On Being A Feminist

photo: Frances Dickens
photo: Frances Dickens

I am a big fan of facts. Indeed, one of my favorite hashtags is #FactsMatter. And I can’t stand when conversations about simple, uncomplicated ideas are hijacked by intellectual dishonesty and buried under innuendo and nonsense. So when I recently read that some young men and women didn’t know whether they were feminists, I knew I had to help clear up their confusion. Because it’s a simple yes or no:

Do you think women should have the same social, political, legal, and economic opportunities and rights as men?
Yes: you are a feminist.
No:  you are not a feminist.

It really is not complicated. If some people struggle to choose between yes and no, or want to add qualifiers to their answer? It means that they are still deciding whether or not they are a feminist, not that the term needs to be redefined. And if people want to predicate their “yes” on conditions that they get to choose and impose, it doesn’t mean they actually get to do so, no matter how benevolent or sincere they are. It means they have issues with gender equality that they can’t, or don’t want to, resolve. Feminism is not a booster club; you can’t choose to support gender equality only up to the level where you are comfortable. It is an either/or proposition: You either believe a woman should have the same social, political, legal, and economic opportunities and rights as a man, or you don’t. After all, equality offered with conditions attached isn’t equality at all.

And while American women do have more opportunities today than in the past, no one should mistake that increased opportunity for a guaranteed right to self-determination, for equal rights and equal protections under the law, or for a valid reason to dismiss a conversation about feminism as outdated, out-of-touch, or unnecessary.  Women working full time in the United States are routinely paid just 79 percent of what men are paid, a wage gap of 21 percent – or what I like to call the “owners of breasts and/or uterus income penalty.” Additional proof that gender inequality is alive and well in America is only a Google search away. First, Google “countries that have had a female leader.” Note that while England, Germany, Jamaica, India, Philippines, Indonesia, Croatia, Chile, Senegal, The Central African Republic, Guyana, Panama, and Serbia are among the many on the list, the United States is not. Now Google “the ratio of men to women in the United States and Congress” and note that barely 20% of our elected representatives are female, despite women accounting for over half the US population.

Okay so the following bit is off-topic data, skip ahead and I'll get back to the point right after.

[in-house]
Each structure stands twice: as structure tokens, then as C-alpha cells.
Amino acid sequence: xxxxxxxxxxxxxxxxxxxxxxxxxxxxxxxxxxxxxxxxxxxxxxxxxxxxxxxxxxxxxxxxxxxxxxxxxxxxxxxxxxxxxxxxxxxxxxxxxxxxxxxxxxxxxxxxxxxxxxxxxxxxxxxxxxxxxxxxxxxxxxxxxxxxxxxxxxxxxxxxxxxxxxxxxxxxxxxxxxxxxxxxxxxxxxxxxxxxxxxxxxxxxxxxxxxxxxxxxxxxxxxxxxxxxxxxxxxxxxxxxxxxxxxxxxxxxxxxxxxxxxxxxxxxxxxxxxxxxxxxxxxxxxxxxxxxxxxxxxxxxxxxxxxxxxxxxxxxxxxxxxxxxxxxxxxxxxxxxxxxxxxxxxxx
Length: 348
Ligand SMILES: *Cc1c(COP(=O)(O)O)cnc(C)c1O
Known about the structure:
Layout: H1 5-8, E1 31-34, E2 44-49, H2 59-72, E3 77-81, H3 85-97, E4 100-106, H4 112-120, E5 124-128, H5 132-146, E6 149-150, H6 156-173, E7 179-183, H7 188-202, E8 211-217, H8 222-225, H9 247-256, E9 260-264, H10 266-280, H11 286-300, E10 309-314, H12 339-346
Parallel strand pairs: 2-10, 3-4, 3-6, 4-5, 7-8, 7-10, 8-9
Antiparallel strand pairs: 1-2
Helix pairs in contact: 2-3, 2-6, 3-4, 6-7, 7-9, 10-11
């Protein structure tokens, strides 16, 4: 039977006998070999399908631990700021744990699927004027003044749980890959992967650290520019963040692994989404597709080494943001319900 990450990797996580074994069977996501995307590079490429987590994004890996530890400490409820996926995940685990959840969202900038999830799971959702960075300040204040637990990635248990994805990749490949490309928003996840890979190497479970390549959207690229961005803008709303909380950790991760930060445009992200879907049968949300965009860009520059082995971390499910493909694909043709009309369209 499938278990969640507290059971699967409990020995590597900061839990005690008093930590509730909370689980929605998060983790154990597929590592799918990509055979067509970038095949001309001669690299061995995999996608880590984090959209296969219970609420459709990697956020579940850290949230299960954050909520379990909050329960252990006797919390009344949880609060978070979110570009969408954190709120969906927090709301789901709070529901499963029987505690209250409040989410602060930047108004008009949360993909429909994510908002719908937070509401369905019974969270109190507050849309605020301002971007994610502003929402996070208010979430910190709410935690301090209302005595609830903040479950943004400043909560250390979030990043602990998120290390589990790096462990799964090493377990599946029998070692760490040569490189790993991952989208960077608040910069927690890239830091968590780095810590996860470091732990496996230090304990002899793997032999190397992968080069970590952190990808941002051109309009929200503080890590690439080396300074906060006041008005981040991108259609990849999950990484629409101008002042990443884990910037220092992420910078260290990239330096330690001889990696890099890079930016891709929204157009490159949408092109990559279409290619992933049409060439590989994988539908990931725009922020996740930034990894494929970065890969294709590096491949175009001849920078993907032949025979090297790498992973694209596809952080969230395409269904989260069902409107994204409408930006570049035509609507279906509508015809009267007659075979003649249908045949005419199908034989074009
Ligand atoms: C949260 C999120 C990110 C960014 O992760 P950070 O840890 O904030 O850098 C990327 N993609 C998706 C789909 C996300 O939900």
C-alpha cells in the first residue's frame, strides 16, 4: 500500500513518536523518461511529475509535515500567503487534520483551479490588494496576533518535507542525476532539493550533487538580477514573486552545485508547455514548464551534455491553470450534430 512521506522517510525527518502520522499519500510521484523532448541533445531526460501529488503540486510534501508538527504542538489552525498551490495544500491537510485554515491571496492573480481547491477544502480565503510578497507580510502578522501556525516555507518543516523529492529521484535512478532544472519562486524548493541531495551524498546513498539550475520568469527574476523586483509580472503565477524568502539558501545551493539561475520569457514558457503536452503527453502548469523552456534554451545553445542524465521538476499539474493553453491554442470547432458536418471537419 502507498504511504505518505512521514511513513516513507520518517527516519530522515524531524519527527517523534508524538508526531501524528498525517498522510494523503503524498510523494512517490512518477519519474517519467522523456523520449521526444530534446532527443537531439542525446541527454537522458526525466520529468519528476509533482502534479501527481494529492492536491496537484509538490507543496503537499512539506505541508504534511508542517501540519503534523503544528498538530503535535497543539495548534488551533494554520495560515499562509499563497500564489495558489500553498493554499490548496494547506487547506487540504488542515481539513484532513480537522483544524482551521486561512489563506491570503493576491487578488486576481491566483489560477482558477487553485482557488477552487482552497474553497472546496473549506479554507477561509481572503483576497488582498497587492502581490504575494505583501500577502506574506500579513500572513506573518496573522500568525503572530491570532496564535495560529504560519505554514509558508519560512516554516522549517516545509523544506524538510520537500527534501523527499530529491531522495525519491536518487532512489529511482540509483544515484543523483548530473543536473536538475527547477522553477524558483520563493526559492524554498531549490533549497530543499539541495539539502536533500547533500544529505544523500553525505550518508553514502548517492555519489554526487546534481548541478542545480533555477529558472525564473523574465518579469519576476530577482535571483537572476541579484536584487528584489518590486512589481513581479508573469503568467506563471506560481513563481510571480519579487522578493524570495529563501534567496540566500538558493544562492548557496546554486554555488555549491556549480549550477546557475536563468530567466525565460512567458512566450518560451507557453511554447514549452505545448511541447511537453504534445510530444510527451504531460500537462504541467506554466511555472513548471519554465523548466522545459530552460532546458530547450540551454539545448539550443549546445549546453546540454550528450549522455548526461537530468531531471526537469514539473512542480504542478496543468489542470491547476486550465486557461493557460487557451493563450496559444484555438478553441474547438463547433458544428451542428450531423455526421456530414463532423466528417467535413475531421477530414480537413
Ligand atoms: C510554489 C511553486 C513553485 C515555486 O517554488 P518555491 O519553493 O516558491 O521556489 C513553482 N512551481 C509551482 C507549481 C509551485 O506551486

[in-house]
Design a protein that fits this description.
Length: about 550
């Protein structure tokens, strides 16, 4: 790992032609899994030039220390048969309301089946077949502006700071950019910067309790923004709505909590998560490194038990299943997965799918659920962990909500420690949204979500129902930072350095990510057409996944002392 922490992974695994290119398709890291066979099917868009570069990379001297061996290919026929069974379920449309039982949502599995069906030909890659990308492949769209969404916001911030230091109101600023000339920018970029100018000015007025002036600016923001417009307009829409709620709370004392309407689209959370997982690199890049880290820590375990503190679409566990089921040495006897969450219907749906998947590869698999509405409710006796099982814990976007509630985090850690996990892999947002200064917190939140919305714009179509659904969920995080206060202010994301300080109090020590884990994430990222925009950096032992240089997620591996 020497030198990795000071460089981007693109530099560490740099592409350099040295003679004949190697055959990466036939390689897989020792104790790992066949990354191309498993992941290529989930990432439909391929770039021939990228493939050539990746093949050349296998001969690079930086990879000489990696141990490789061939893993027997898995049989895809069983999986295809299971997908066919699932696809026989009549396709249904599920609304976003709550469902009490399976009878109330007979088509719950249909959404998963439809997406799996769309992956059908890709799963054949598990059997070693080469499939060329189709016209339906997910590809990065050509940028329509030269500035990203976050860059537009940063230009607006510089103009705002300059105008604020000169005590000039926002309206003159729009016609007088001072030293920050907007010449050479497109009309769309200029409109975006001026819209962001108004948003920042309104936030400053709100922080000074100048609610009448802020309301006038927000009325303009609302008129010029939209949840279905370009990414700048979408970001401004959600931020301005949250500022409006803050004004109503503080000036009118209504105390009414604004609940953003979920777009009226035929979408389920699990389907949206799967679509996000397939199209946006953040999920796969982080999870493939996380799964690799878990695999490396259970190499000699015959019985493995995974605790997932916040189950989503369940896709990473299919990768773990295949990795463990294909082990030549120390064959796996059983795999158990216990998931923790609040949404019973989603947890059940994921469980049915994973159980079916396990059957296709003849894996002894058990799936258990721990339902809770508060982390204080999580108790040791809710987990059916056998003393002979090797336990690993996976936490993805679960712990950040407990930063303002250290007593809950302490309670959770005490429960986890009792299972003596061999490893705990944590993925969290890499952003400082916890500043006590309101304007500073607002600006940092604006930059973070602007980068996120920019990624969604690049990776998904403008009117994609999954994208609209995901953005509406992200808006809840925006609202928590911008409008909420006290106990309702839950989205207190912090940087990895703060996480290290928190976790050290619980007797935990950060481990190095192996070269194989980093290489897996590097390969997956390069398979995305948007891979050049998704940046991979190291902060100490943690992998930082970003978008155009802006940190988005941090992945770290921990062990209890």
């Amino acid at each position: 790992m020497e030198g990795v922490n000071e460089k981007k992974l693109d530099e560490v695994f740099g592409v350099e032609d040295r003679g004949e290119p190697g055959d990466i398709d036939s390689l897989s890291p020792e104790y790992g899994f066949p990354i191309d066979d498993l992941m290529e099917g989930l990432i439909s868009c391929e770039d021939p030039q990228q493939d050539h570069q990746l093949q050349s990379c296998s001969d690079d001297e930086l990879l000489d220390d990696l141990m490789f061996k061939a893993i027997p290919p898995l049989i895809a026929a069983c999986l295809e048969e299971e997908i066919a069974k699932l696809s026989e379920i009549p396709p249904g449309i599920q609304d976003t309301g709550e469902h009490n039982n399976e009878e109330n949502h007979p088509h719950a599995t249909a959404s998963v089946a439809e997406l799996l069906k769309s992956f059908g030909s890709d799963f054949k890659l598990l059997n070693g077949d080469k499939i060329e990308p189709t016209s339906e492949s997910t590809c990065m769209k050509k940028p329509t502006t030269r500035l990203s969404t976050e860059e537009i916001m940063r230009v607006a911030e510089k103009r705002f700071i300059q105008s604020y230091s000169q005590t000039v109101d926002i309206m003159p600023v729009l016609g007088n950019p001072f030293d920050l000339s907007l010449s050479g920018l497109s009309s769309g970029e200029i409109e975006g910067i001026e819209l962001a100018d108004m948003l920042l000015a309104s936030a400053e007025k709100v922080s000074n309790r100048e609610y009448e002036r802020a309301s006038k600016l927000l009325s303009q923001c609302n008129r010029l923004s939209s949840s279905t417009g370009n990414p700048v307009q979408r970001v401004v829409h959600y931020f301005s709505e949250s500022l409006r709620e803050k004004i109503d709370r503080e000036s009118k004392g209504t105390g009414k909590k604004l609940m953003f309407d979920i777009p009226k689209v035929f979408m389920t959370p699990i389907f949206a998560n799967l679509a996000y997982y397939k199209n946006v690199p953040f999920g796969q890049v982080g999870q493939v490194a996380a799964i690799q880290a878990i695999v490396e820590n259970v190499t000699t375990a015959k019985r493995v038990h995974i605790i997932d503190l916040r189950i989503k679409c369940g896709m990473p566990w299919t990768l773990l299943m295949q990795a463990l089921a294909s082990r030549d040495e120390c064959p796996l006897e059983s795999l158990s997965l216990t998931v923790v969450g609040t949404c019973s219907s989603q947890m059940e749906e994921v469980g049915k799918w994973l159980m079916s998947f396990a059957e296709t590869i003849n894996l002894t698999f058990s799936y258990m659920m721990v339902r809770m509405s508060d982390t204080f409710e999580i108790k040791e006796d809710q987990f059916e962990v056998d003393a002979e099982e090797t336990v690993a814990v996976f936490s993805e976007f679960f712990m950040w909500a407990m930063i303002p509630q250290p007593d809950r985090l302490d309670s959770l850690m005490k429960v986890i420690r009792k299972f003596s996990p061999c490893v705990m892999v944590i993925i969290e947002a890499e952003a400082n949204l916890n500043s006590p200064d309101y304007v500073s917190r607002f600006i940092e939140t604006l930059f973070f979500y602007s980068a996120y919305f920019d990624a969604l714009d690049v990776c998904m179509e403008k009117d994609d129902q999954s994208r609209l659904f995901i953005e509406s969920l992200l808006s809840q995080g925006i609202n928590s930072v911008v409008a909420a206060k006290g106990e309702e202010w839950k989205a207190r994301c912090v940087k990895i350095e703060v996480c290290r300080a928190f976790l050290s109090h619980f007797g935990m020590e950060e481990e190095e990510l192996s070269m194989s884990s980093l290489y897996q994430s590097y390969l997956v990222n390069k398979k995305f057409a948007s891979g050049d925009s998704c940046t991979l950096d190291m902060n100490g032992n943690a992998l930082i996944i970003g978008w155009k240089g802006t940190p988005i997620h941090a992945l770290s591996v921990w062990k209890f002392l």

photo: Mic/Getty Images
photo: Mic/Getty Images

Then ponder why it is still deemed acceptable in the US, and even defended as reasonable, for educational institutions to enact and enforce dress codes disproportionately aimed at female students. Or why schools don’t put the same energy and effort into educating boys on the importance of not being distracted by fellow students and of not objectifying the female body, as they do policing the bra straps, clavicles, and thighs of girls.  Seriously. Repeat after me: Boys and men are capable of self-control and are responsible for the consequences of their actions. Girls are not just a distraction that, if not controlled, will cause boys and men to lose focus, fail at tasks, and commit rape.

So just to be clear: If you think women deserve the same opportunities and rights as men, you are a feminist. If you don’t think so, then you are not. Conditional support of gender equality is not an option, no matter how many, or how loud, the arguments to make it so. While you can always change your position on gender equality, you can not completely redefine the concept or carve out exceptions to it in order to avoid your discomfort with the conversation or the implications of your response. And if you are going to debate whether human beings deserve equal rights and protections under the law based solely on their gender – essentially, equality apportioned by the sexual organs a person now owns or did own at birth – then at least do so honestly.  Reject the misplaced shame, intellectual dishonesty, and over-the-top hyperbolical nonsense – really Rush, a Femi-Nazi? – and just decide. Or gather the facts that you need first and then do so. Because the women in your lives – whether friend, wife, partner, sister, mother, daughter, aunt, cousin, employee, student, viewer, listener, and/or yourself  – deserve to know.

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